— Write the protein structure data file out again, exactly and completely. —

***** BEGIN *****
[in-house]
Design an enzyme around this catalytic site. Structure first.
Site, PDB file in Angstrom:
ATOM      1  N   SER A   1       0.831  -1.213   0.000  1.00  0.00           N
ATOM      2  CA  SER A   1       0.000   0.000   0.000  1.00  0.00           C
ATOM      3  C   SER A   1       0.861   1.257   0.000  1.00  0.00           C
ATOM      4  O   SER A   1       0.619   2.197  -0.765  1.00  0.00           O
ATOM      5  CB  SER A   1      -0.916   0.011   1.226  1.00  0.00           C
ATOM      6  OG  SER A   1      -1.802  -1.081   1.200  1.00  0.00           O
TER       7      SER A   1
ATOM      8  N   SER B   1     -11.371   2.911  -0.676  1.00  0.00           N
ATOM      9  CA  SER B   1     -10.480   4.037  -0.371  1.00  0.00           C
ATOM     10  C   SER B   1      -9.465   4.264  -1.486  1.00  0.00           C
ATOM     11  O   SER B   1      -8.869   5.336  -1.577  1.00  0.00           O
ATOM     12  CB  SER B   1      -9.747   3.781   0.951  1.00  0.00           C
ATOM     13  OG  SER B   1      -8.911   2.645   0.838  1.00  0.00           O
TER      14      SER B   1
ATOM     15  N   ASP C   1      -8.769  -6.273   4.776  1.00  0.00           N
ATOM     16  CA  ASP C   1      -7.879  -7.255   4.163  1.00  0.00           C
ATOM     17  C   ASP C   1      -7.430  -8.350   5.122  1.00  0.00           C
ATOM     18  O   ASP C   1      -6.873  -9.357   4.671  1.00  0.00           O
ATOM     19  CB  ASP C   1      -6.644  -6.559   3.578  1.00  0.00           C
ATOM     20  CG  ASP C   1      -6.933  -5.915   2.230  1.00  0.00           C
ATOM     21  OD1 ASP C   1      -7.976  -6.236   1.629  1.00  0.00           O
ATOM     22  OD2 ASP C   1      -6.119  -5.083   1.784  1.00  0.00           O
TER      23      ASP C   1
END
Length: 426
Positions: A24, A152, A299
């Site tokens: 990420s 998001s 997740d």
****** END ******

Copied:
[in-house]
Design an enzyme around this catalytic site. Structure first.
Site, PDB file in Angstrom:
ATOM      1  N   SER A   1       0.831  -1.213   0.000  1.00  0.00           N
ATOM      2  CA  SER A   1       0.000   0.000   0.000  1.00  0.00           C
ATOM      3  C   SER A   1       0.861   1.257   0.000  1.00  0.00           C
ATOM      4  O   SER A   1       0.619   2.197  -0.765  1.00  0.00           O
ATOM      5  CB  SER A   1      -0.916   0.011   1.226  1.00  0.00           C
ATOM      6  OG  SER A   1      -1.802  -1.081   1.200  1.00  0.00           O
TER       7      SER A   1
ATOM      8  N   SER B   1     -11.371   2.911  -0.676  1.00  0.00           N
ATOM      9  CA  SER B   1     -10.480   4.037  -0.371  1.00  0.00           C
ATOM     10  C   SER B   1      -9.465   4.264  -1.486  1.00  0.00           C
ATOM     11  O   SER B   1      -8.869   5.336  -1.577  1.00  0.00           O
ATOM     12  CB  SER B   1      -9.747   3.781   0.951  1.00  0.00           C
ATOM     13  OG  SER B   1      -8.911   2.645   0.838  1.00  0.00           O
TER      14      SER B   1
ATOM     15  N   ASP C   1      -8.769  -6.273   4.776  1.00  0.00           N
ATOM     16  CA  ASP C   1      -7.879  -7.255   4.163  1.00  0.00           C
ATOM     17  C   ASP C   1      -7.430  -8.350   5.122  1.00  0.00           C
ATOM     18  O   ASP C   1      -6.873  -9.357   4.671  1.00  0.00           O
ATOM     19  CB  ASP C   1      -6.644  -6.559   3.578  1.00  0.00           C
ATOM     20  CG  ASP C   1      -6.933  -5.915   2.230  1.00  0.00           C
ATOM     21  OD1 ASP C   1      -7.976  -6.236   1.629  1.00  0.00           O
ATOM     22  OD2 ASP C   1      -6.119  -5.083   1.784  1.00  0.00           O
TER      23      ASP C   1
END
Length: 426
Positions: A24, A152, A299
């Site tokens: 990420s 998001s 997740d």